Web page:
Algae & eggs, algae wrapped hotdogs, algae, lettuce & tomato sandwiches? Great ways to try the new “Bacon of the Deep”

 

Dulse, a type of red marine algae, will probably never really replace bacon but it may be an awesome alternative for Vegetarians, Vegans and the super health conscious. People, especially Asians have been eating seaweed since time immemorial. So while consuming saltwater veggies is nothing new, it took some “baconing up” to make it appealing to the American palate.

 

Originally cultivated as feed for edible sea-snails and abalone, researchers discovered that Dulse is a veritable “super-food” with twice the nutritional value of its land-locked cousin kale.  What some have dubbed “Gods Veggie” has a whole litany of benefits including some that go beyond mere nutrition.

 

Dulse is a Carbon Sink that helps soak up carbon compounds (like carbon dioxide) that contribute to global warming. It grows up to 5 times faster than dirt-based veggies and can be sustainably and profitably farmed outside of the marine environment with the use of special tanks.

 

Dulse inhibits fat cell growth and is a powerful antioxidant. It’s also an excellent source of iodine, (goodbye goiters) potassium, iron and magnesium plus vitamin C and A. More surprisingly, it’s an abundant source of protein (if Popeye only knew) with about 16 times the protein of spinach!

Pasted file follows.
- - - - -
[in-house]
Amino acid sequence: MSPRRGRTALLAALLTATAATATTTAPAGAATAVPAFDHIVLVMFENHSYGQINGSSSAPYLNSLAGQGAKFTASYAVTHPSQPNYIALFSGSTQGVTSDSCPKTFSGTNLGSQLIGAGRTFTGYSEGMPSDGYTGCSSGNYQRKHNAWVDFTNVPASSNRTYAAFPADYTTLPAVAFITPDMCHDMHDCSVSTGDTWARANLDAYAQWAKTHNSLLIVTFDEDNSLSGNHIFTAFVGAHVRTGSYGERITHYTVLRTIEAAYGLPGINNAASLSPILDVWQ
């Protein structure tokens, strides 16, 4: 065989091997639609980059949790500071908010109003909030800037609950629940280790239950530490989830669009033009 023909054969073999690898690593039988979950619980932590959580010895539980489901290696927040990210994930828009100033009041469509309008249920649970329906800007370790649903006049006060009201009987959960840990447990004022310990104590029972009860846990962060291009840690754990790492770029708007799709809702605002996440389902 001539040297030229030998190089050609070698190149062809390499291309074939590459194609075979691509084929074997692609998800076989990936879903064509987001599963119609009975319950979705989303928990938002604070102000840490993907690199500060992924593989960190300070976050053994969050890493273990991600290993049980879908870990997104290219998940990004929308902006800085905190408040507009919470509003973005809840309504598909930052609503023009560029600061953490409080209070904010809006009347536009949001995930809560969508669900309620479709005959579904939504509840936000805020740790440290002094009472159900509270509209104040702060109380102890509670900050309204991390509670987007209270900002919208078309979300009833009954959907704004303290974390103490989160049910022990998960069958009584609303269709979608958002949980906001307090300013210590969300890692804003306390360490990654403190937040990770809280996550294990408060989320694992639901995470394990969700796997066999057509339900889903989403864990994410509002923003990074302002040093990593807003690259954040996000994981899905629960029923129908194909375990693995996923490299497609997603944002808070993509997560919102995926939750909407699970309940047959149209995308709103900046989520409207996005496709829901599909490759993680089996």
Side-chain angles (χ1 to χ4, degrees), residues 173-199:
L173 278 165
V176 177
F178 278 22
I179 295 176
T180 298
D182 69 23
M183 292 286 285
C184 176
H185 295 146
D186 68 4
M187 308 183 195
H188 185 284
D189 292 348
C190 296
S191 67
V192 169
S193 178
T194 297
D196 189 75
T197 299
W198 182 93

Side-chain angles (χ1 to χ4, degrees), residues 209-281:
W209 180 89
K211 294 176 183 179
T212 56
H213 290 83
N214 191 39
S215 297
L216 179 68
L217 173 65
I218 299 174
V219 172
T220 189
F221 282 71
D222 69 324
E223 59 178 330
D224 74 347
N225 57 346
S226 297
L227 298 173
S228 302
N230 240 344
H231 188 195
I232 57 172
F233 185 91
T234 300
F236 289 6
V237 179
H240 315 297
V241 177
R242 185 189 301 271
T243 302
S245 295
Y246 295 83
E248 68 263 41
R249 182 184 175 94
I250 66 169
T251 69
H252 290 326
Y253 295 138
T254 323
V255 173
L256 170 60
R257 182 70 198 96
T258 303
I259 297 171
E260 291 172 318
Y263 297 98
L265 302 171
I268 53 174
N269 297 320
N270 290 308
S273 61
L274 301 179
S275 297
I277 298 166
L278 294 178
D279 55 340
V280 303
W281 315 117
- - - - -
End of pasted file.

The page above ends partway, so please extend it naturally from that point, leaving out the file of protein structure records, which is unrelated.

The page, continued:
That’s true world feeding potential in a humble wet weed!

 

So……how about the taste. The slugs and abalone never complained but most folks would probably compare it to eating salty, slightly less chewy cardboard. Thankfully, the culinary Gods gave us the miracle of frying. A brief encounter with a hot pan does something truly miraculous to Dulse. It changes the color from red to a greenish and transforms the taste from that of a briny shoe-box to something in the same umami universe as savory bacon. That said, it's a big universe and if bacon's the center, fried Dulse is an outer galaxy.  

 

The trick to fried seaweed as a bacon replacement is knowing how to sneak it in with foods that have traditionally gotten a boost from bacon. Try substituting it for the bacon in a bacon & cheese omelet. Chop some up for faux bacon bits and sprinkle liberally on salad or a baked potato with sour cream. You can even wrap some around a hotdog or slip some between two slices of bread with lettuce, tomato and mayo.

 

My experience tells me the real question on everyone’s mind is:  if you have a rasher of fried, pork based bacon in one hand…… a piece of fried Dulse in the other…….and you take a bite of the real bacon…… then a bite of the Dulse……on a scale of 1-10, with 10 being the baconiest……. how close is the Dulse to tasting like actual bacon?

 

The answer, as you may have guessed, depends largely upon what you fry it in. If you use olive oil or butter you’re looking at about a 5. Some folks use sesame oil or peanut oil and that kicks it up a notch to a 6. For the absolute closest approximation of real smoked swine…. Dulse fried up in pure bacon grease is hard to beat!